is f(x)=rt(x) a function for the domain x any real number?

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hiyatt
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is f(x)=rt(x) a function for the domain x any real number? So can you extend the range to complex numbers?

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RDKGames
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(Original post by hiyatt)
is f(x)=rt(x) a function for the domain x any real number? So can you extend the range to complex numbers?

Thanks
What set are you working up to??

If it's up to \mathbb{R} then obviously x \geq 0 as you can't root a -ve in the reals!

If it's up to \mathbb{C} then obviously x \in \mathbb{C}.
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hiyatt
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(Original post by RDKGames)
What set are you working up to??

If it's up to \mathbb{R} then obviously x \geq 0 as you can't root a -ve in the reals!

If it's up to \mathbb{C} then obviously x \in \mathbb{C}.
don't really get what you mean by what set
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hiyatt
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can you have a function which just goes from real to complex numbers? like with sqrt(x) x any real number. i don't what set are you working up to means.

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Ryanzmw
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A function consists of three parts:
1) The domain (the set the function maps from)
2) The codomain (the set the function maps to)
3) The defining relation between the two sets.

Here I'm assuming you're saying the domain is  \mathbb{R} so we expect  f(x) = \sqrt{x} . Which is all fine and dandy except we're missing the 2nd part of the definition. Why is this important? Well a function must be well-defined, it maps every element of the domain to a unique element of the codomain.

If we take the codomain to be  \mathbb{C} then to properly define which function we're talking about you should write:
 f: \mathbb{R} \mapsto \mathbb{C}

$ f(x) = \sqrt{x} $

Which is well-defined function.

However if we take the codomain to be  \mathbb{R} then,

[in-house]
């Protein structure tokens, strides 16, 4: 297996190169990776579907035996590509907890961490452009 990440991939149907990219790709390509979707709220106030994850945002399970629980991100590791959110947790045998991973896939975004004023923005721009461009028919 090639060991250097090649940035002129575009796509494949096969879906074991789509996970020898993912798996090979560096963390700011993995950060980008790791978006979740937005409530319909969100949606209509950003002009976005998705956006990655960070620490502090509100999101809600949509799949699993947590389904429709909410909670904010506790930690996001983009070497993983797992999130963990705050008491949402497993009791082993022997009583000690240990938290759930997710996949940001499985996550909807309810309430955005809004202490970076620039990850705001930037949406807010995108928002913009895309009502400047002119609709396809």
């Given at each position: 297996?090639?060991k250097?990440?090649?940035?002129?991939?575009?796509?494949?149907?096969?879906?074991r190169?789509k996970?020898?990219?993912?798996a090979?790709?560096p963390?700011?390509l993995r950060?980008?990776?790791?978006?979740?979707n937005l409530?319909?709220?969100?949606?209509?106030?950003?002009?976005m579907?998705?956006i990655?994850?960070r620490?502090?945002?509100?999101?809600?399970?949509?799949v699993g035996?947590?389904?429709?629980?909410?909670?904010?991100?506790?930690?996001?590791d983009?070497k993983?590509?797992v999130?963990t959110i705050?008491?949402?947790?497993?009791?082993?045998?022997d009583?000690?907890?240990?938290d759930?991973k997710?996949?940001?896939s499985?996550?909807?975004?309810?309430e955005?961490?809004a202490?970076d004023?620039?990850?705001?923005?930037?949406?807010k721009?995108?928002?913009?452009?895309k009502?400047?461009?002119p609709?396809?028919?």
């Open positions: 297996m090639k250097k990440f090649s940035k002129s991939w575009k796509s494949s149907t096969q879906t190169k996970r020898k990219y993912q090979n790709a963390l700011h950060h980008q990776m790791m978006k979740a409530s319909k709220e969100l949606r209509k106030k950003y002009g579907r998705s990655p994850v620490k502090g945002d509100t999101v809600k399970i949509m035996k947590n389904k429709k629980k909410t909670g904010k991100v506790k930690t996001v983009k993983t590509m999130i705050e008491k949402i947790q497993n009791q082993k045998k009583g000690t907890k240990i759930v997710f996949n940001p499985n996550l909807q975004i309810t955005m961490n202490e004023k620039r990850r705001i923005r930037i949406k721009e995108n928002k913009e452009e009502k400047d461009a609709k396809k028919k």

f: \mathbb{R} \mapsto \mathbb{R}

$ f(x) = \sqrt{x} $
is not well-defined and thus not a function, since there is no element in the codomain for  f(-1)
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hiyatt
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(Original post by Ryanzmw)
A function consists of three parts:
1) The domain (the set the function maps from)
2) The codomain (the set the function maps to)
3) The defining relation between the two sets.

Here I'm assuming you're saying the domain is  \mathbb{R} so we expect  f(x) = \sqrt{x} . Which is all fine and dandy except we're missing the 2nd part of the definition. Why is this important? Well a function must be well-defined, it maps every element of the domain to a unique element of the codomain.

If we take the codomain to be  \mathbb{C} then to properly define which function we're talking about you should write:
 f: \mathbb{R} \mapsto \mathbb{C}

$ f(x) = \sqrt{x} $

Which is well-defined function.

However if we take the codomain to be  \mathbb{R} then,
 f: \mathbb{R} \mapsto \mathbb{R}

$ f(x) = \sqrt{x} $
is not well-defined and thus not a function, since there is no element in the codomain for  f(-1)
For the first function would you not have to split the domain into two parts one for x>0 with normal radical notation and then one for x<0 but as normal radical notation is ambiguous don't you have to specify the principle root of x where x is negative as irt(-x) where x is negative
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Ryanzmw
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(Original post by hiyatt)
For the first function would you not have to split the domain into two parts one for x>0 with normal radical notation and then one for x<0 but as normal radical notation is ambiguous don't you have to specify the principle root of x where x is negative as irt(-x) where x is negative
thanks
Edit: Ah yeah I see your point because we have to make a choice of branch to define  \sqrt{x} on.
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